URI education professor, students to help launch online class for Kenyan teachers

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KINGSTON, R.I., Feb. 4, 2015 – With the click of a computer mouse, a University of Rhode Island education professor and her students are reaching across the globe to train teachers in Kenya.


Thanks to 21st century technology, a nonprofit group founded by a former URI lecturer and enthusiastic URI students, the Kenyan teachers are learning how to teach math and literacy to other teachers in the African country.


The Africa Teacher Foundation, a nonprofit organization founded by William Molloy, a former URI education lecturer, is spearheading the project. Over the years, Molloy and other teachers, including many URI alumni, have traveled to the country to voluntarily train hundreds of Kenyan and East African teachers.


Last summer, though, the group decided not to go after Islamist militants stormed the Westgate shopping mall in Nairobi, killing 67 people and wounding 200. But that horrific attack didn’t stop Molloy.

Instead, he explored offering the class online and reached out to Kathy Peno, a professor of adult education at URI. The two came up with a plan that involves URI students, all pursuing their master’s degrees in adult education.


Over the next semester, Peno and Molloy will bring the training course to 16 teachers in Nairobi through Web seminars, or webinars. Sessions this month are scheduled for Feb. 14 and 21 from 6 to 9 a.m., which is 2 to 5 p.m. in Kenya.


The URI students are contributing by creating teaching tools based on adult learning theory that the Kenyan teachers can use when they train other teachers. For example, the importance of incorporating personal experience into teaching will be emphasized, as well as adapting teaching styles to fit the needs of each group.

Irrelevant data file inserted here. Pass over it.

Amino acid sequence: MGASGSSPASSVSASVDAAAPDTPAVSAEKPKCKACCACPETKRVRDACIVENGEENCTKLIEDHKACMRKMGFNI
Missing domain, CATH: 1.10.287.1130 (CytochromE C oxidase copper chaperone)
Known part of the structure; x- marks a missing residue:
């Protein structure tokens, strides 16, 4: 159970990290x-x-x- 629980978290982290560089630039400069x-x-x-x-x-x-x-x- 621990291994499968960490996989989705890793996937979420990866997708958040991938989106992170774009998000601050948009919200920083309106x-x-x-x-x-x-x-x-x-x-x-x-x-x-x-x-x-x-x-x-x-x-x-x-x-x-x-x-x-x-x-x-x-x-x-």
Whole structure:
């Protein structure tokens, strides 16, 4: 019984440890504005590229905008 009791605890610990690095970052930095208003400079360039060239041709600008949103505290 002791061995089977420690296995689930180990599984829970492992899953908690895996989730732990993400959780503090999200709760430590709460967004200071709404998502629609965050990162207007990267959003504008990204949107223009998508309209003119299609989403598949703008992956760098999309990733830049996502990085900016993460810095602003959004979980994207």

“It’s very important for my students to know that adult education happens beyond their own backyard,” says Peno. “It’s easy for students to focus on learning in their own context, but it’s important for them to see what adult education looks like in other places, even on the other side of the world.”


The students are also experiencing firsthand the life-changing benefits of 21st century technology in the classroom. “Technology can be a very powerful tool in teaching,” she says. “As URI explores global opportunities, this is a way to join in that effort.”


So far, the Africa Teacher Foundation has trained more than 1,000 Kenyan, Tanzanian and Ugandan teachers and reached 50,000 students. Peno says she is so impressed by the nonprofit she asks Molloy to talk to her students every semester about the challenges and joys of teaching in Africa.


Molloy founded his organization after visiting Kenya 10 years ago. He was invited to go to a “feeding,” thinking he’d be serving hay to elephants. “I found boys and girls lined up in a Nairobi slum for rice and beans,” he says. “I was in tears.”


Schools in Kenya are mediocre, at best. Up to 100 students are crammed into classrooms, with only one teacher. Books and supplies are scarce.


As a lifelong teacher, what caught Molloy’s attention is that the teachers were untrained. His nonprofit aims to change that. The Kenyan teachers are taught reading, math and writing and how to create lesson plans. They come away with a certificate in professional development.


Peno says she’s honored that she and her students are involved in such a worthy global education project, which also provides valuable hands-on learning: “My students are excited to have the opportunity to put their knowledge and skills to such good use.”


Molloy says he hopes to return to Kenya this summer, but will continue offering online courses. “We can reach thousands of people through these webinars,” he says. “The potential is enormous.”


Click here for information about the master’s degree in adult education or call Peno at 401-874-4875. The degree is offered through the Department of Education in the College of Human Science and Services.


Pictured above: URI education professor Kathy Peno, and students studying for their master’s degrees in adult education at the University of Rhode Island. Photos by Kathy Peno.